Schoolbags And Back Pain
How heavy are our schoolbags?
There are lots of things in education that are a pain in the neck.
There are quite a few that are a pain in the shoulder and back too.
Although the Schools Minister, Nick Gibb, is a fan of textbooks, he hasn’t had to lug some of these around in his backpack. If he had then he’d know that they ‘weigh a ton’…well, not quite but they are pretty damn heavy for children and young people to carry along with their reading books and assorted other bits and pieces.
Studies have shown that the prevalence of spinal pain in schoolchildren ranges from 25% to 55% in those aged between 10 and 15 years (Aartun et al 2014, Macedo et al 2015 and Wirth et al 2012). Carrying backpacks increases the risk of back pain and possibly the risk of back pathology (Rodríguez-Oviedo et al 2012). Indeed, the prevalence of back pain in children merits public health action according to Kaplan (2013) especially when we think long term as back pain may eventually lead to time off work in adulthood, disability and decreased quality of life.
Here’s a ‘fun fact’ for the staffroom: what is the recommended total weight of a schoolbag for safe use?
Answer: it is 10% of your body weight (see Moore et al, 2007). But back pain is no fun and children are carrying far too much as their body frames just can’t take it (Farhood, 2013). The average child in the UK is carrying 15-20% of their body weight to school and back. Some are carrying 15kg or more.
As Walicka-Cupryś et al (2015) say,
Wearing a backpack heavier than 10% of one’s body weight can cause shallowing of the lumbar lordosis and a tendency towards a vertical position of the sacrum. Monitoring the weight of children’s school backpacks and enabling them to leave books and notebooks at school would probably be beneficial in reducing the daily burden put on children’s spines.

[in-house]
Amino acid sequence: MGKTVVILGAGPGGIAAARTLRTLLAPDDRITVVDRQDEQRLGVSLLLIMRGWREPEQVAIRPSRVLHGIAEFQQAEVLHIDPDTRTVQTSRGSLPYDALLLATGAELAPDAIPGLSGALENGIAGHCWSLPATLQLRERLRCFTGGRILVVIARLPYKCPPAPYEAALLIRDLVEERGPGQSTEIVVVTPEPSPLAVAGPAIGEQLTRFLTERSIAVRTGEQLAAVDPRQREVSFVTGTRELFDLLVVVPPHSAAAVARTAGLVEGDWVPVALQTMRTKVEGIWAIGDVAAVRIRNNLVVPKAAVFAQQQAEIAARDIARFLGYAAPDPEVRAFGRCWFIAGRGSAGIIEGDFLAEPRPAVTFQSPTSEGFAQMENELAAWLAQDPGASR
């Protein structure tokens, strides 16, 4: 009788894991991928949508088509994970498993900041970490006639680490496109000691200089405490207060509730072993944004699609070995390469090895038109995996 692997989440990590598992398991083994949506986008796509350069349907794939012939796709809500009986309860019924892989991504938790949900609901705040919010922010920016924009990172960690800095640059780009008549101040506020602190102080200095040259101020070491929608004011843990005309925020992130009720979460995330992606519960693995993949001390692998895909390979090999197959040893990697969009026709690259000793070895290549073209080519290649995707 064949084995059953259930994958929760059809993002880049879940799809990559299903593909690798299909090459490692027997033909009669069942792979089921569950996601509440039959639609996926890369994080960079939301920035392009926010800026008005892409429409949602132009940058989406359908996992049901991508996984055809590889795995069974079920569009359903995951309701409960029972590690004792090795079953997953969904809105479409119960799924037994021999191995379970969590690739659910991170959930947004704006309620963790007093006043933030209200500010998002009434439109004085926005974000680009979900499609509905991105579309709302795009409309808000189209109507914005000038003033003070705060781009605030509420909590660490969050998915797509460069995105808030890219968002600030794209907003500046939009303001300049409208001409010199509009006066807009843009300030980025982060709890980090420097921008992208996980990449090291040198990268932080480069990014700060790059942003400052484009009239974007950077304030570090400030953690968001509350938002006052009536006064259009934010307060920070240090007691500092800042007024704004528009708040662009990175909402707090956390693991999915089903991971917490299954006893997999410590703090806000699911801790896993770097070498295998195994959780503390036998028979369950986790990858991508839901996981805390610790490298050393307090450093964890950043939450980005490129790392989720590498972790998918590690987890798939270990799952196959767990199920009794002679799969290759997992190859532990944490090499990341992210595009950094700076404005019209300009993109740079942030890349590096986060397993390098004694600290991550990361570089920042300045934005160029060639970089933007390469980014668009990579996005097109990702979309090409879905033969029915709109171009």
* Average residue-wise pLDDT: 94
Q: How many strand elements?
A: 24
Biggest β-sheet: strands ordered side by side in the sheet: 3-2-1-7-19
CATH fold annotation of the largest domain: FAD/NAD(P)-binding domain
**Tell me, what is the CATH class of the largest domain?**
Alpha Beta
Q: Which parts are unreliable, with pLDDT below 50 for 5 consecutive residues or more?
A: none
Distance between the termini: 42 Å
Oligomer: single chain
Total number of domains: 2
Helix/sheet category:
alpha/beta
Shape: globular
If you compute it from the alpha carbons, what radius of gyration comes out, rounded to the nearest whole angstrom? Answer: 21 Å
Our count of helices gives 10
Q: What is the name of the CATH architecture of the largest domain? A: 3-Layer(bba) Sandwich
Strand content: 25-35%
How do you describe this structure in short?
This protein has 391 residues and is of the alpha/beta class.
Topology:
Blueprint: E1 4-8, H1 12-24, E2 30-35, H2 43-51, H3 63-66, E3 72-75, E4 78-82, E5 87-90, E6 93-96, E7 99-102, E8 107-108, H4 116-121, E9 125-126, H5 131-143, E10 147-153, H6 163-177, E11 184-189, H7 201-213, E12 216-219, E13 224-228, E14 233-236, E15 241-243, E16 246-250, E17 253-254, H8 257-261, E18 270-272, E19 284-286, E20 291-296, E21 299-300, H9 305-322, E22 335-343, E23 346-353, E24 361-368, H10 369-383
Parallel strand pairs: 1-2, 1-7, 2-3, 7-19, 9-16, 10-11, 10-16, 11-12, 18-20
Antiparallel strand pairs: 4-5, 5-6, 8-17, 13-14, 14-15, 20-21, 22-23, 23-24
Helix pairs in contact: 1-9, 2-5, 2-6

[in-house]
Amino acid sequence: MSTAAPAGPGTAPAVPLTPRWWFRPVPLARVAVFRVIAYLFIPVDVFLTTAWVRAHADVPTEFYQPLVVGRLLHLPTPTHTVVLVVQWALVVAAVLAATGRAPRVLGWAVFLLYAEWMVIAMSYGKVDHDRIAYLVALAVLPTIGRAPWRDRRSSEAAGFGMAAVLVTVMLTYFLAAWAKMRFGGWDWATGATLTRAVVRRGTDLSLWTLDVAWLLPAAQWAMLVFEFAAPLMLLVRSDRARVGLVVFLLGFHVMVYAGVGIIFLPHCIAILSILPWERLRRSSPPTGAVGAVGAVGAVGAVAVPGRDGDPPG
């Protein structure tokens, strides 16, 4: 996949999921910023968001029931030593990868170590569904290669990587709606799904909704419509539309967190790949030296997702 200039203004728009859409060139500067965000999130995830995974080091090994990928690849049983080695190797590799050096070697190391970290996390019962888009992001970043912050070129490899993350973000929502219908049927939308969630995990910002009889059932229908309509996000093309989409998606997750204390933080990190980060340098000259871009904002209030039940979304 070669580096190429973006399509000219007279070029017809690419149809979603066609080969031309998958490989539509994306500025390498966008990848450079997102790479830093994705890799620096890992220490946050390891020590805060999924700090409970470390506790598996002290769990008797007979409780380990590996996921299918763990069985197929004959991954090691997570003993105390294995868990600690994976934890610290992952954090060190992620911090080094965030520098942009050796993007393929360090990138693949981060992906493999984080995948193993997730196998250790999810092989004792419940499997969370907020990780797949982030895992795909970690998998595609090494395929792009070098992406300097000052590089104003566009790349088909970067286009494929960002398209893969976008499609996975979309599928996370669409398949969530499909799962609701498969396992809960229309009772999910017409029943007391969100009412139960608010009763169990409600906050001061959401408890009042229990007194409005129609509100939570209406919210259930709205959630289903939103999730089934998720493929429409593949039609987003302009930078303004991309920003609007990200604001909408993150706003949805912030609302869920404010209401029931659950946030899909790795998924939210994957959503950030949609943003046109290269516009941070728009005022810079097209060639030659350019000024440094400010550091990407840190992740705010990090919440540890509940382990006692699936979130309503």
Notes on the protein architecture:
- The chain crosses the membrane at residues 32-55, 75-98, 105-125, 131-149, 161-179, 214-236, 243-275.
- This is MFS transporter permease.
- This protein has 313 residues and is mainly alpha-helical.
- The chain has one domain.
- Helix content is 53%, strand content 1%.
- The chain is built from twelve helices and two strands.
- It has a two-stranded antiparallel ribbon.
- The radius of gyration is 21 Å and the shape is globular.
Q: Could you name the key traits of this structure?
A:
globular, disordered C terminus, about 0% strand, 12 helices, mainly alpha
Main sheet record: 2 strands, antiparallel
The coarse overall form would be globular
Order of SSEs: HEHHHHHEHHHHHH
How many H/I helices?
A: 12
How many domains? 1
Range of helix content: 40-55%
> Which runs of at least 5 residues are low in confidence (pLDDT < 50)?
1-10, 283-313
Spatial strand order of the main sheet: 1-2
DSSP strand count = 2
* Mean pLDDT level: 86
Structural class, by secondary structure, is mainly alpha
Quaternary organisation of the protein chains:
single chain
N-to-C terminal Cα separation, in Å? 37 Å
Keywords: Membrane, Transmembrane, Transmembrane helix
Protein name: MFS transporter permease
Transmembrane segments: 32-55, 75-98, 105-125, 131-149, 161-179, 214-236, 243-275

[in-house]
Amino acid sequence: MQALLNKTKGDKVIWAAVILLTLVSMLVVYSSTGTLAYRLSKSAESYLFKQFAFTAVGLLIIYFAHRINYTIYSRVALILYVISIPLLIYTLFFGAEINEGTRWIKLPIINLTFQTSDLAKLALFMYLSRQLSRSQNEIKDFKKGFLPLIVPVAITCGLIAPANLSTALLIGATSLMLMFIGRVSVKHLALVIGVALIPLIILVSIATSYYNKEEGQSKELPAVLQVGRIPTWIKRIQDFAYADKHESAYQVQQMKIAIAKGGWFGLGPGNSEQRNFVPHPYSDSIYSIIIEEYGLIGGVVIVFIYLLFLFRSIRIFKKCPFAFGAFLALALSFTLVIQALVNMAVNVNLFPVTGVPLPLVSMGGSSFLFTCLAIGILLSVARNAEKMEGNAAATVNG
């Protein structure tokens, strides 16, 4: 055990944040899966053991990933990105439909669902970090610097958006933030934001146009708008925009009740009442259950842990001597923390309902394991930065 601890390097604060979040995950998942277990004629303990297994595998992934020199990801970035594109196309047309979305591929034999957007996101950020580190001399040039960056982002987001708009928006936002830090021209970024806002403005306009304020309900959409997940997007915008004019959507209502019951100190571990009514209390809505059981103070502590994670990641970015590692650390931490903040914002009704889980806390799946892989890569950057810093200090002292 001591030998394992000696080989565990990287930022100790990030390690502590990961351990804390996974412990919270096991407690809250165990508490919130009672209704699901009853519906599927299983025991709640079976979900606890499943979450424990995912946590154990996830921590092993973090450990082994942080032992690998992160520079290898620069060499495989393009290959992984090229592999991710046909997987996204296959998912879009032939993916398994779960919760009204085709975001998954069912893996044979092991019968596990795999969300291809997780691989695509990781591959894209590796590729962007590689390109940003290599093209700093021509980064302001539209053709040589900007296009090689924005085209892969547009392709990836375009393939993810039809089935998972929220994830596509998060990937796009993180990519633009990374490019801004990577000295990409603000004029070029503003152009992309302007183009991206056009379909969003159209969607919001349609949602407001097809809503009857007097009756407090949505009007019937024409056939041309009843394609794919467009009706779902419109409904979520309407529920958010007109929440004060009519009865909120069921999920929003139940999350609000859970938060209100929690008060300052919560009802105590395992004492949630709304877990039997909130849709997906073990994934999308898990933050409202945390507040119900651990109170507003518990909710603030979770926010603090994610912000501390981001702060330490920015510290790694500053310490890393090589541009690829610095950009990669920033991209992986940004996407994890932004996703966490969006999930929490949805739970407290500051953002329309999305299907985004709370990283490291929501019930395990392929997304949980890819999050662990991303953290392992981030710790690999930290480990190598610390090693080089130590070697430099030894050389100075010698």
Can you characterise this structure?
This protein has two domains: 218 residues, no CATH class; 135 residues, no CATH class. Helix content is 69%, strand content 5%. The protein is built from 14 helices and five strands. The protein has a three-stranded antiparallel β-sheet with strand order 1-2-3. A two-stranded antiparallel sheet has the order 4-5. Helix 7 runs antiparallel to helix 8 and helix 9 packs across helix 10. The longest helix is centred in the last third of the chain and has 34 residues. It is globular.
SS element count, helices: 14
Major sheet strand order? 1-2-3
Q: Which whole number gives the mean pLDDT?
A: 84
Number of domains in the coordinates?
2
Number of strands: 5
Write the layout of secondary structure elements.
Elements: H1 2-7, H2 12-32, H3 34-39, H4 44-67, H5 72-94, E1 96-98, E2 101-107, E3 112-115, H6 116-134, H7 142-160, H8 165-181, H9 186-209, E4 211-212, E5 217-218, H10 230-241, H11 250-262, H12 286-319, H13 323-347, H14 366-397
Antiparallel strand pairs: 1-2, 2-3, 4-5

Heavy bags are a problem because they can cause spinal pain which can later develop as chronic back pain in adulthood (Wirth and Humphreys, 2015). Okay, back pain is multi-factorial but heavy bags play a significant role and younger children and females are more at risk due to relatively lower body weight.
Instead of bags some children might be better off taking all their things in a wheelbarrow.
Do your class know what problems they could be storing up? Do you weigh the schoolbags of your children?
According to Dr Sara Dockrell at Trinity College Dublin, children should be encouraged to carry schoolbags to and from school despite concerns about back pain. She says sedentary lifestyles among children are a major issue and carrying a bag should be encouraged as it is a form of exercise. She notes,
Walking to and from school while carrying a schoolbag could count as moderate activity and therefore it should be encouraged, and not discouraged. Not carrying a schoolbag could be seen to be a barrier to physical activity and may deny children the benefits of daily resistance exercise as they travel to and from school.
Dr Dockrell carried out the first national study of more than 500 children’s schoolbags in Ireland revealed the following:
The proportion of pupils carrying a schoolbag
The average weight of a schoolbag
The mean bodyweight a schoolbag represented
The average duration a child carried a schoolbag
The proportion of children using backpacks as schoolbags
The proportion of children using both straps
The prevalence of “musculoskeletal discomfort” – such as back or shoulder pain – experienced by children before the carried their bag
In her report, Dr Dockrell notes,
There is little documented evidence that children or their parents have ever received information or advice about schoolbag carriage. An awareness of basic ergonomic principles, and advice on best practice for schoolbag lifting and carrying should be provided to children, parents and teachers. There is a need for ongoing school-based strategies that aim to disseminate information using existing or novel ways of communication.
See the tips and advice from The British Chiropractic Association.